You should walk down First Street in Harare just before summer starts. You should smell the scent of the purple jacaranda flowers, it is a mixture of petrol and sugar, a scent that excites my senses. You should meet a Zimbabwean vendor at Avondale flea market, trying to sell you a wooden knobkerrie of NyamiNyami … More My Shitty Country.
When I was twelve years old I was circumcised. I was circumcised because I wanted to be. My father, my mother, my priest and my community did not influence my decision or force my hand. I chose to because I knew that getting circumcised would decrease my chances of contracting HIV by 60% and living … More FGM: It’s Not Their Fight, It’s Our Fight.
I remember my mother telling me that when she fell pregnant with my eldest brother, her first born child, she had to go to her parent’s home and give birth there. This was a customary tradition that was followed by all the women then. Now, very few women follow this part of our culture because … More Lobola: To Pay or Not To Pay?
While at my graduation ceremony this year, I listened to our guest of honour, Graca Machel. One of the things she said is that “No culture should oppress a people.” This led me to think that if cultures should not oppress a people, does it then follow that no culture should oppress another? Culture is … More No Culture Should Oppress a People.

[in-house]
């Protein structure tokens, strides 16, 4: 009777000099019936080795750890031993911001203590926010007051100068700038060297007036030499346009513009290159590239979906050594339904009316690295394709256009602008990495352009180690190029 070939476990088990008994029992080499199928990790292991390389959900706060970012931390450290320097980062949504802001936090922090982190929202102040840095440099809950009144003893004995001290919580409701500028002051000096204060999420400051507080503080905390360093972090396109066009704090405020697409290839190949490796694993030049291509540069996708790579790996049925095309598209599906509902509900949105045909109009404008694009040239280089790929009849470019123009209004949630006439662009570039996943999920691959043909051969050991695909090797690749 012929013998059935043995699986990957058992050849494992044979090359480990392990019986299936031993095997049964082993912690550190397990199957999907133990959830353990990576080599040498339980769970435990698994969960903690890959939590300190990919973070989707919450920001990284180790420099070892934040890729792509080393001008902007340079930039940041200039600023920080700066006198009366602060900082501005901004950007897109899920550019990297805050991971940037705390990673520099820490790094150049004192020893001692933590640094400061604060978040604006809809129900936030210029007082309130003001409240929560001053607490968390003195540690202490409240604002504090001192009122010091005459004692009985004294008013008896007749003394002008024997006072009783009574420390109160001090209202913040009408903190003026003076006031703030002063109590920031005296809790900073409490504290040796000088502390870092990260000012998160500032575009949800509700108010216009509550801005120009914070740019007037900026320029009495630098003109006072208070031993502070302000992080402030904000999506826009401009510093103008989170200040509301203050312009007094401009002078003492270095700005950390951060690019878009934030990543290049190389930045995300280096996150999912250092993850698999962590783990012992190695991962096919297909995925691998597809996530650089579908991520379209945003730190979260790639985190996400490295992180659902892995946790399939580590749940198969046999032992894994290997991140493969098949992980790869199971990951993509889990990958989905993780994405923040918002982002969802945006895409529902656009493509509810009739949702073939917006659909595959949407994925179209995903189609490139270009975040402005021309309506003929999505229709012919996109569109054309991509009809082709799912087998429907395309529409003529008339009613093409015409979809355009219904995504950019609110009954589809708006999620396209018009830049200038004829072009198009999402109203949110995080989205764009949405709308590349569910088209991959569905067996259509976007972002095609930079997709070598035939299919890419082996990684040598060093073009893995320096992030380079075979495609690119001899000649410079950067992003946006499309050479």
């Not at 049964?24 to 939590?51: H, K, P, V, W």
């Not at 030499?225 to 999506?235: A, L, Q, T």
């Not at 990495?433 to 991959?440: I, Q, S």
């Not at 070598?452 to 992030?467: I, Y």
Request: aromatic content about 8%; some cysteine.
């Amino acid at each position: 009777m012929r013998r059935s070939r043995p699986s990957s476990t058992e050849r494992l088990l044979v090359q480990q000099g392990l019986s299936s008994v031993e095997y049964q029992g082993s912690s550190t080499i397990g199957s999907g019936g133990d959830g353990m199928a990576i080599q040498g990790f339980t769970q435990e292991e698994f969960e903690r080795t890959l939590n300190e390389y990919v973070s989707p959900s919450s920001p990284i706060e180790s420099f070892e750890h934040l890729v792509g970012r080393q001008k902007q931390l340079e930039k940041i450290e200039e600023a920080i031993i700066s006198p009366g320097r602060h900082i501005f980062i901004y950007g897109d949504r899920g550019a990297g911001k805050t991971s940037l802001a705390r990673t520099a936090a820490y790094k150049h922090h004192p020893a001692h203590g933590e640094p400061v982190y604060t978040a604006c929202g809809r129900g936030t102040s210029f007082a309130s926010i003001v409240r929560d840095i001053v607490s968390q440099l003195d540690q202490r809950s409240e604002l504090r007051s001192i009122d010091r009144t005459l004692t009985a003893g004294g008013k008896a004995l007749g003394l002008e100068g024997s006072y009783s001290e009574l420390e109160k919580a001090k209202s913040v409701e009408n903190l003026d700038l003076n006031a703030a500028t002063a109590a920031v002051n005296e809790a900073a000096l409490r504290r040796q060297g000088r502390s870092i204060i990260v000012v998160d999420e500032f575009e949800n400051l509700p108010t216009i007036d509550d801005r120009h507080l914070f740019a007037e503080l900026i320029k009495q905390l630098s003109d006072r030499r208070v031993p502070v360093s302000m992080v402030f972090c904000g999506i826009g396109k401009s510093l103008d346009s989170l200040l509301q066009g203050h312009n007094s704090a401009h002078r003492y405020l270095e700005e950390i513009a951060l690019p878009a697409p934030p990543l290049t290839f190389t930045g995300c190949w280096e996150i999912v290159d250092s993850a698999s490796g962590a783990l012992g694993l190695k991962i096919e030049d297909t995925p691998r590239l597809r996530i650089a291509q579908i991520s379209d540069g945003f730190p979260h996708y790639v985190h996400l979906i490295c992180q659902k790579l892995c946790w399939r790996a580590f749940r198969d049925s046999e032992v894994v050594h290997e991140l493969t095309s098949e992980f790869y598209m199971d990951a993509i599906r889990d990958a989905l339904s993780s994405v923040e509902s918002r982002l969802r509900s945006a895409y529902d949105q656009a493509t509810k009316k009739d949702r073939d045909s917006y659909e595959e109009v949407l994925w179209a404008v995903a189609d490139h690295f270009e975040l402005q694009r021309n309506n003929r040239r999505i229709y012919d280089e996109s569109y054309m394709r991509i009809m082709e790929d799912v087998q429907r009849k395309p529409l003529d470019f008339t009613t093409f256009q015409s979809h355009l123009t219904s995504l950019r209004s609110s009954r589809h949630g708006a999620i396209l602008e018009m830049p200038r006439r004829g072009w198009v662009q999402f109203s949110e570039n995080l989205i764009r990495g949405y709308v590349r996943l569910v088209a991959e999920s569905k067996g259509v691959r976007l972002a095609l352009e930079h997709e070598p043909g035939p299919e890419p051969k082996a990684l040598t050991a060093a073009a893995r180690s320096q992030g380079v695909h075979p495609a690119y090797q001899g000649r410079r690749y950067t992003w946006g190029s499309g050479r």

Dear Mama, I pity the man who stands in front of you every Sunday and commands you to learn in quietness and full submission because he is afraid of the sharpness of your mind and the discernment of your words. I pity the man who stands in front of you and sees sin that can … More A Letter to My Mother: A Woman of Faith.
I grew up in a home with two older brothers and no sister. My father always says that he is glad he didn’t have any girls because, in his words, vana vasikana vanonetsa (girls are difficult). He would always echo this sentiment when we heard about how the girl next door fell pregnant at fifteen … More Virgin or Not: I Couldn’t Care Less.
When thinking about this article I went and did some research on the perceptions of black beauty. What I discovered is something I already knew: black people in my society and many around the world favour lighter shades of dark skin as compared to darker shades. This is called colourism. But what I also discovered … More Celebrating Dark Skin: Lupita Is Not Enough.
I come from a very small sugar estate in the low veld of Zimbabwe called Triangle. I called Triangle home for 18 years of my life. I never really thought about what home meant to me until I left Triangle, three years ago. Home before I left was my bedroom, with my desktop computer and … More Home Is Where Your Heart Is.
If I am to describe my experience at African Leadership Academy (ALA) in one word: cataclysmic. In 2012 my teacher called me into her office and asked if I had ever heard about the African Leadership Academy. I told her that it was the school that two of my former school mates had gone to. … More The African Leadership Academy: A Worthwhile Journey